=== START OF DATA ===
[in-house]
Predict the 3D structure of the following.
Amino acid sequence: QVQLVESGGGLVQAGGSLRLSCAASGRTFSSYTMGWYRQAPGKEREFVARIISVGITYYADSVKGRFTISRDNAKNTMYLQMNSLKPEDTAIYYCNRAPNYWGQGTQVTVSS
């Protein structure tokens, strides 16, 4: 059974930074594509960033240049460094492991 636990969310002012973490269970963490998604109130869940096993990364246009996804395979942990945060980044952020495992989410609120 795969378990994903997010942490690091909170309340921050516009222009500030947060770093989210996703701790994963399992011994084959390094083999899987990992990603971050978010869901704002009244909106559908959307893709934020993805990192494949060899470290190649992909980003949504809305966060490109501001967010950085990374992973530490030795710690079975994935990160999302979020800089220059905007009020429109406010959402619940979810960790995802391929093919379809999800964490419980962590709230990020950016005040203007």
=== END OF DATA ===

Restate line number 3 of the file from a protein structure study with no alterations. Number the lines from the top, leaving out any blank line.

Amino acid sequence: QVQLVESGGGLVQAGGSLRLSCAASGRTFSSYTMGWYRQAPGKEREFVARIISVGITYYADSVKGRFTISRDNAKNTMYLQMNSLKPEDTAIYYCNRAPNYWGQGTQVTVSS